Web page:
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July 20

All’s Well that Ends Well: LeAnn Rimes Recalls Milestones and Rejections with ‘How Do I Live’

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Back when LeAnn Rimes was at the prime of her career, she made big waves in  both in the local and international scene of country radio. After releasing Blue in 1997, critics praised her musical talent and even fondly compared her to country legend Patsy Cline. Following her first great hit, she also awed the audience with One Way Ticket (Because I Can), her first number one single. At 14, Rimes’ continuous breakthrough in the music scene led her to win the Best New Artist Grammy Award. It was a surreal experience and a dream-come-true for the singer.

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All’s Well that Ends Well: LeAnn Rimes Recalls Milestones and Rejections with ‘How Do I Live’ 1

One day, she meets Diane Warren, a songwriter whose creative juices breathed life into some of the greatest hits known to man, namely, Cher’s “If I Could Turn Back Time,” Laura Branigan’s “Solitaire”, Celine Dion’s “Because You Loved Me” and “Nothing’s Gonna Stop Us Now” by Starship . Rimes and Warren’s paths crossed at a Los Angeles restaurant. Little did they know that the fateful encounter was just a domino effect which made Rime’s career take a sudden turn through Trisha Yearwood—a fellow hitmaker.

Warren invited Rimes to her studio to record a demo of a song for an upcoming big hit, Con Air, where Nicholas Cage starred. At first, they had low expectations that a 14-Year-Old girl could spotlessly interpret such an emotional song. But LeAnn Rimes proved her naysayers wrong. They liked her version so much that she had filmed a music video for ‘How Do I Live.’

Sadly, even after Rimes did an amazing job performing the song, the executives had a last-minute change of heart and pitched the song to Yearwood instead. Yearwood already had four Number 1 country hits and five LPs under her belt at that time.

Rimes’ heart sank to the ground. For her, it was her “first big introduction into the music business.” She adds, “Being a kid gets used against you and it also gets thrown out the window. So, you’re treated like a kid. But if somebody can play that card with you they will. It was an interesting place to be. To be in the middle of that with the songwriter, Diane Warren, and Jerry Bruckheimer, and all of these producers, I think my head was spinning.”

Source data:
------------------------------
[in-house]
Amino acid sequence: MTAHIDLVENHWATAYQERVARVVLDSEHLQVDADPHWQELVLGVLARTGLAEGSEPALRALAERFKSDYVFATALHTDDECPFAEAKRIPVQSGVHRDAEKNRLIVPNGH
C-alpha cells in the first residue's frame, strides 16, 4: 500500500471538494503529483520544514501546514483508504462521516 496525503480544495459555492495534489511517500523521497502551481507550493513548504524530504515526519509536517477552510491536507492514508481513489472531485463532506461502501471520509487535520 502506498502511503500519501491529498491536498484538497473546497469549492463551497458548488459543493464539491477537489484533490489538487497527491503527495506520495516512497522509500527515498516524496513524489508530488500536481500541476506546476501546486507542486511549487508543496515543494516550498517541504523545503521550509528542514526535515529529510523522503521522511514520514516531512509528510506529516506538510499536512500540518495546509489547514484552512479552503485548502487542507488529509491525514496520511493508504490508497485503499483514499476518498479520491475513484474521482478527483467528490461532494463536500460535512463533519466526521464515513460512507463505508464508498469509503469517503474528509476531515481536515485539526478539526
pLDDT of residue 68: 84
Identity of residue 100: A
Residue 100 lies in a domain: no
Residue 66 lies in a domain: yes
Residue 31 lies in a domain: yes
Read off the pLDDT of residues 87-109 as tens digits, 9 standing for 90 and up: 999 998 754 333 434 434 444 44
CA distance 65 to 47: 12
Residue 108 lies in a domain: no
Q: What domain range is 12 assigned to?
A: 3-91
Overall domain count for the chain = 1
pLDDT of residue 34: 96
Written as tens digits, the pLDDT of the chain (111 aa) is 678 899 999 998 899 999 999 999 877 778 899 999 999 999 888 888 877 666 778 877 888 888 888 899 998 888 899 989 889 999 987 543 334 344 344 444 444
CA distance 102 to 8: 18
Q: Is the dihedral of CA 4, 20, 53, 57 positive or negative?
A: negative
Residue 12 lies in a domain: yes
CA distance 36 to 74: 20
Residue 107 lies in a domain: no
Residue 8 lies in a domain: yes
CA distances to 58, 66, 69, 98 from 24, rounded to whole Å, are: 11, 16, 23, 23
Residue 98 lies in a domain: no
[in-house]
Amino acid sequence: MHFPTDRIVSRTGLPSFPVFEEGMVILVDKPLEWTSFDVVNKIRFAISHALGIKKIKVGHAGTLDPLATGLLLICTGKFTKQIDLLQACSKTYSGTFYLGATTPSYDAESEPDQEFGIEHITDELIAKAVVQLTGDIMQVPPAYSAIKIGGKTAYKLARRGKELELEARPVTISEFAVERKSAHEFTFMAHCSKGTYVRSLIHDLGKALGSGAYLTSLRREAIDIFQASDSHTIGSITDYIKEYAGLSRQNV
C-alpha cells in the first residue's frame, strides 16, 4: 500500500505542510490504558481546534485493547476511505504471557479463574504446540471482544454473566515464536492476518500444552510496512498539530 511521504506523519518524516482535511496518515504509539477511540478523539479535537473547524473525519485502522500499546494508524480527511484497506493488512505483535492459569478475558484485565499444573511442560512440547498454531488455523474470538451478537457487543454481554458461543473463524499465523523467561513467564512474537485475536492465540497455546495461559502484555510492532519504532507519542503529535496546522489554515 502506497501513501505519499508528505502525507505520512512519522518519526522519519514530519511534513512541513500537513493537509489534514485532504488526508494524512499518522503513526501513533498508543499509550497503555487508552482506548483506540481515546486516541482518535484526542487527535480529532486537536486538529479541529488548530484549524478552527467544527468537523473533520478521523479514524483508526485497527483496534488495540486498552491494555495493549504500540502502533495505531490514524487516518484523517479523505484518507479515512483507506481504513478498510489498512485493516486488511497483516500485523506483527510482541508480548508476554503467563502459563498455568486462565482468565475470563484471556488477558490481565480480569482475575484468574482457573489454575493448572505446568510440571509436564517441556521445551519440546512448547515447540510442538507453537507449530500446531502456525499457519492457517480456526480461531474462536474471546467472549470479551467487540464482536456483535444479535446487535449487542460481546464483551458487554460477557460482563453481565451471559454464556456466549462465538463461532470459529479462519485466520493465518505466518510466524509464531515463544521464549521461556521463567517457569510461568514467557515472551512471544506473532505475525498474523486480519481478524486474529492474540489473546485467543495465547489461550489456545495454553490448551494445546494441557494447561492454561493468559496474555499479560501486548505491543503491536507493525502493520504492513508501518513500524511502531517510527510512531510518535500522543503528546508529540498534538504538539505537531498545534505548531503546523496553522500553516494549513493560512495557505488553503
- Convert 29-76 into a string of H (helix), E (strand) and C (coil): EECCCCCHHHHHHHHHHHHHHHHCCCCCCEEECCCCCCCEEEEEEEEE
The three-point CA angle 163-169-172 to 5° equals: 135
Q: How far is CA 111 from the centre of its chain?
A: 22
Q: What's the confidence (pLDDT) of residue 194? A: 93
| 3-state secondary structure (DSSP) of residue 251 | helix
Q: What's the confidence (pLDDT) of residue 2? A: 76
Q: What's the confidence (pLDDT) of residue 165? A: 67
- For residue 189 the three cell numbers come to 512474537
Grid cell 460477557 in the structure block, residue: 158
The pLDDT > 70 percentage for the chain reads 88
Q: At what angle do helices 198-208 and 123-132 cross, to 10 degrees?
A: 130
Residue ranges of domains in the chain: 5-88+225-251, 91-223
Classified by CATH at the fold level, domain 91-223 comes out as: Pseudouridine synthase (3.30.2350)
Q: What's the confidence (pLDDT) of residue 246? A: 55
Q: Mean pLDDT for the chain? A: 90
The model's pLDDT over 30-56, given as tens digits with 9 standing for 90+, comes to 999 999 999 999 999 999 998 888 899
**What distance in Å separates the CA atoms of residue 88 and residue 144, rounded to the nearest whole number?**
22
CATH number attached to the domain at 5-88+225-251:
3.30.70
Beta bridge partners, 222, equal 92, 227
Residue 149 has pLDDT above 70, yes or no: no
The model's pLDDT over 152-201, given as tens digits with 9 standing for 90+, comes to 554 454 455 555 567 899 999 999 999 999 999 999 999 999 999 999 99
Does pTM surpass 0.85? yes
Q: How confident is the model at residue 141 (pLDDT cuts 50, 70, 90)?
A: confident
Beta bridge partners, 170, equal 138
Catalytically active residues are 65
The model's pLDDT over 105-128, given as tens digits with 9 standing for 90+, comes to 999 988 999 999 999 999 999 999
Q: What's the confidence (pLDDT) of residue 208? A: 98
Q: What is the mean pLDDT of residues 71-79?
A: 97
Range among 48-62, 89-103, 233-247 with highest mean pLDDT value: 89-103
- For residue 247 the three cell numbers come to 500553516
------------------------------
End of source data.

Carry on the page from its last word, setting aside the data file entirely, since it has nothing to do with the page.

Curb records, her then-record label, still released Rime’s own version of ‘How Do I Live’ the same day Yearwood’s and film was, but to no avail. Years later, Rimes met Mike Curb, head of her record label. He offered to pitch her version to pop radio. Rimes was hesitant at first, knowing that introducing her song to a different genre would isolate her fan base in the country music scene but the risk was worth it since her version earned the number two spot in the pop charts about a week after Yearwood’s rendition debuted in the country charts. In the end, Rimes’ version prevailed, having held on to the Hot 100 charts for a whopping 69 weeks.

Now, Rimes recalls that the experience was a wake-up call for her. “It’s a very deep message in that happy song. But it’s amazing to be able to create and talk about things like that. I think it’s much-needed right now. I can’t hide my heart. That’s written all over it for me, equality and loving people. How people take that? That’s about them; that’s not about me. I spread love.

It opened her eyes to the kind of business her chosen career path could morph into. More importantly, the well-renowned singer learned not to give up so easily because sometimes, failures could be blessings in disguise.

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